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To illustrate, a luxury holiday home firm we worked with, were keen to have captivating content. They wanted to be viewed as exclusive by customers. Expanding their pool of high net worth clients would only be possible by using a content marketing strategy that resonated with their audience’s unique values, interests and pain points.
You must understand who your customer is and what is important to them so you can craft a brand message that is relevant and emotive. Use your findings to create content that makes your customers feel important.
1. Know what you are trying to achieve. Your content marketing strategy should include the organisation’s goals and objectives. These crucial elements let the organisation know why they are creating content. It also helps with creating focused content.
When developing content based on what the organisation plans to achieve, you eliminate deviation. Your content is streamlined and coherent and on course to meet your goals. So be clear, and your audience will also be clear on your expectations of them.
2. Know who you are crafting your message for. Develop customer personas. You may have more than one persona so always choose to concentrate on the persona that fits into your primary audience. For potent content that is attractive and impossible to ignore, you must create content for one key customer persona. It will mean the people most interested in your brand and the ones more like to remain loyal and become brand advocates. Brand growth is achieved through its evangelists.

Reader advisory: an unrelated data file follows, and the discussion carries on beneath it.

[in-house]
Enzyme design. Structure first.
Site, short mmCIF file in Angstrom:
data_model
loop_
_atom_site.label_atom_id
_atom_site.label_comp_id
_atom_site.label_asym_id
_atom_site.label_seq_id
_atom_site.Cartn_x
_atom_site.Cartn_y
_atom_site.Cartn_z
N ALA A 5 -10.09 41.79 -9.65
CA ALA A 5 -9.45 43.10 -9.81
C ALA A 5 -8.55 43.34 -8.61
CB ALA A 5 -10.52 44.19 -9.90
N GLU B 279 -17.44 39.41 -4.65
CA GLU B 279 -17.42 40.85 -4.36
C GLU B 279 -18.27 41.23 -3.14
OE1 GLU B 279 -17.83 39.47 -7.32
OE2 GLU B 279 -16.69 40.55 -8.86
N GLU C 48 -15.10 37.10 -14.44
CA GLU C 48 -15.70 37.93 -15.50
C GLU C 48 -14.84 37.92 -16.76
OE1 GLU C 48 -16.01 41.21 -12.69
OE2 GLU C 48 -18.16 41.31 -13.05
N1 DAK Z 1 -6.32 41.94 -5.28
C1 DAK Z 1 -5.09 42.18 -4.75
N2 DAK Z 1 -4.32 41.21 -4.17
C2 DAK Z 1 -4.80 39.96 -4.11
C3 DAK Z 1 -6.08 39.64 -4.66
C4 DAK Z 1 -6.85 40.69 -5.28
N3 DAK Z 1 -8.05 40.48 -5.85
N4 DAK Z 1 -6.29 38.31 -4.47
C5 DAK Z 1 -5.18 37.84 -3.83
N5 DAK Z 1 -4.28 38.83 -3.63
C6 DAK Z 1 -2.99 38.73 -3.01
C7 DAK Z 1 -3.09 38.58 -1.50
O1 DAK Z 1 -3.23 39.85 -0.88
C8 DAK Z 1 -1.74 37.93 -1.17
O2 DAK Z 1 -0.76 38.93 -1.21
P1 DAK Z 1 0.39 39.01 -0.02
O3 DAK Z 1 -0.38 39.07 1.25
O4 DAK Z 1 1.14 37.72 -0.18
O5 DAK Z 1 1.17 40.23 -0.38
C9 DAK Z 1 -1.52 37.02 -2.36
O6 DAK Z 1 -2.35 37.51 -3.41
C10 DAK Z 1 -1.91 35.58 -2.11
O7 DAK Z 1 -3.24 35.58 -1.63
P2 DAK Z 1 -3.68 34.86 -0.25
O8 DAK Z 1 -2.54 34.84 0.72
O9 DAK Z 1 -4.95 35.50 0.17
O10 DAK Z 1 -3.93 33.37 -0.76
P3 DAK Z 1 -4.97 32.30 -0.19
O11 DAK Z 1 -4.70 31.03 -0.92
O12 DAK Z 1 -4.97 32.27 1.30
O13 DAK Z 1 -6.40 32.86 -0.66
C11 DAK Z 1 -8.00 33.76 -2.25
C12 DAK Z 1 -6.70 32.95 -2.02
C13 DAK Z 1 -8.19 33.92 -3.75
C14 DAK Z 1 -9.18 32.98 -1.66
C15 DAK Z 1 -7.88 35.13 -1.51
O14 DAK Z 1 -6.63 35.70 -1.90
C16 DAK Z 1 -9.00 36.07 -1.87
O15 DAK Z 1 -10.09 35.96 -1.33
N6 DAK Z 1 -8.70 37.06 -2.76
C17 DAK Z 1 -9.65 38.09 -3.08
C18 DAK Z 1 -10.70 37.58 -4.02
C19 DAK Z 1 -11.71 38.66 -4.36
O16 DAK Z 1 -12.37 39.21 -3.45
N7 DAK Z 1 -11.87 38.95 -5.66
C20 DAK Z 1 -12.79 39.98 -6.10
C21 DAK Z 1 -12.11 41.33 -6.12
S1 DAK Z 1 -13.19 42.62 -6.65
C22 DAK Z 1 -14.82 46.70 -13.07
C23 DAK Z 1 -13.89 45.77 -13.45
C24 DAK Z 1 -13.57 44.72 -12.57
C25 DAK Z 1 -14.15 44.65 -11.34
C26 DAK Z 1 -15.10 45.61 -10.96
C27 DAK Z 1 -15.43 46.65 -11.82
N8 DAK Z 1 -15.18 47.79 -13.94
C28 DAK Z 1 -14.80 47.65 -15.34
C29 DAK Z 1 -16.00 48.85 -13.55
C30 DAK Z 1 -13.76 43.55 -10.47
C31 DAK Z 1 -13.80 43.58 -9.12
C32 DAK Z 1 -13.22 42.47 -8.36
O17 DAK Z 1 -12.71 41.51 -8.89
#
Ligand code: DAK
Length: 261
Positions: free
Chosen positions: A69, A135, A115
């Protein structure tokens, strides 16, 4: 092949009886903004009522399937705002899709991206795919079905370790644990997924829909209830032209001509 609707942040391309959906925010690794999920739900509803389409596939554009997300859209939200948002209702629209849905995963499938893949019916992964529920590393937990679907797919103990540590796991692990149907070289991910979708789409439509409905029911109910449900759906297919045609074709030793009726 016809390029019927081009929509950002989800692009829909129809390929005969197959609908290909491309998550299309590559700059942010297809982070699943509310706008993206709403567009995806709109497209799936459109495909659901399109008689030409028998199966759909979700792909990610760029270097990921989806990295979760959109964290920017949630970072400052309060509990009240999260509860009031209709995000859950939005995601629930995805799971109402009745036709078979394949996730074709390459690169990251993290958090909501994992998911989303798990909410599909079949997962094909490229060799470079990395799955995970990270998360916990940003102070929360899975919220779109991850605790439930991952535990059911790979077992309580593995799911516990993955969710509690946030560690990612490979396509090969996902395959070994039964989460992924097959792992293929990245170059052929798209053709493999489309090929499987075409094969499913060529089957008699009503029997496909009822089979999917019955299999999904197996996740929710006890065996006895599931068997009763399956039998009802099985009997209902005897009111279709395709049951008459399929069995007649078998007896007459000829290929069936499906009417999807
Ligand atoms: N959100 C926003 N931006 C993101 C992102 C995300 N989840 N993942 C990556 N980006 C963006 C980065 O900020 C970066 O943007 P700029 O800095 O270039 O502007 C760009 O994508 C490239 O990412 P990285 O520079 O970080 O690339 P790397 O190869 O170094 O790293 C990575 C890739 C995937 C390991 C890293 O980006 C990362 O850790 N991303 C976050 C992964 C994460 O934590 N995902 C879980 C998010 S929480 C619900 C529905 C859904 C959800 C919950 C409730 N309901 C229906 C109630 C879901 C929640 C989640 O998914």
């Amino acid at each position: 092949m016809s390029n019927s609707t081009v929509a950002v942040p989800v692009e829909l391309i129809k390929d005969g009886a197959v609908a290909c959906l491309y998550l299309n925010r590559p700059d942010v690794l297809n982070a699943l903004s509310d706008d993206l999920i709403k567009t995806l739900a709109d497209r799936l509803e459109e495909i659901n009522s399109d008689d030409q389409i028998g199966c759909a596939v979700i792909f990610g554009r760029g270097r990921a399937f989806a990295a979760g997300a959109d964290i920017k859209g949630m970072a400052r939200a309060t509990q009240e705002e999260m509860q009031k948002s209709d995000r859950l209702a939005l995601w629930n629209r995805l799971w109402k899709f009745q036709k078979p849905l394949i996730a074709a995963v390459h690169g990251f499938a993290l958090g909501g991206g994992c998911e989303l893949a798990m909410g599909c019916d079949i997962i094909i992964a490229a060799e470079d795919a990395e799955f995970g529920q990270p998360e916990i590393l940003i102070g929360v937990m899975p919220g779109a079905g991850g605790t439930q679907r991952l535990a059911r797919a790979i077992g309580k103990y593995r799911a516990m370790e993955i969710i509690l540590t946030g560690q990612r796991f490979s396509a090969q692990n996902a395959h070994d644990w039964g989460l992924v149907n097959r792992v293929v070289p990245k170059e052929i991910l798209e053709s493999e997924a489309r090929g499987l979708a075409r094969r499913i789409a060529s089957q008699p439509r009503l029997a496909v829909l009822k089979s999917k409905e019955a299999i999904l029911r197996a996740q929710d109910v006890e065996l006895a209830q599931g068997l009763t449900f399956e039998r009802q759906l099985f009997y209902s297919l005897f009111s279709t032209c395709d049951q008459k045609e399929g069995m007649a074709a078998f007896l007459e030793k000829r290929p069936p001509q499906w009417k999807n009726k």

Marks and Spencer’s have a buyer persona who they call Mrs Spencer who is in her 50s and likes stylish contemporary clothing and shops around 18 times a year.
You must also be specific about your customer persona. Give them a name and values and habits that allow you to create content that is explicitly crafted with their preferences considered. The message is then unique to them. Coupled with a clear focus on organisation content goals and objectives, attracting your target audience becomes simpler.
3. Involve both global and local teams in brand messaging development. The brand message means different things from different departments and in different cities and different worlds where language and cultures are different.
Include all departments of the organisation both locally and globally, so that no aspect of core values and strategies are neglected in the goals and objectives and translated into the messaging. Additionally, the message may need to be altered or not delivered at all depending on cultures and regions.
This is a great product launch content outline to help you plan your content for 6 weeks.Download Now
This extra effort your organisation takes, will only serve in contributing to a successful content marketing strategy and a brand message that is distinctive. The organisations we have worked confirm that audiences became more receptive to content when they had taken the time to use content marketing to strengthen their brand message.
Power up your content marketing efforts at once of our workshops. Enrol today to secure your seat. SPACES ARE LIMITED.
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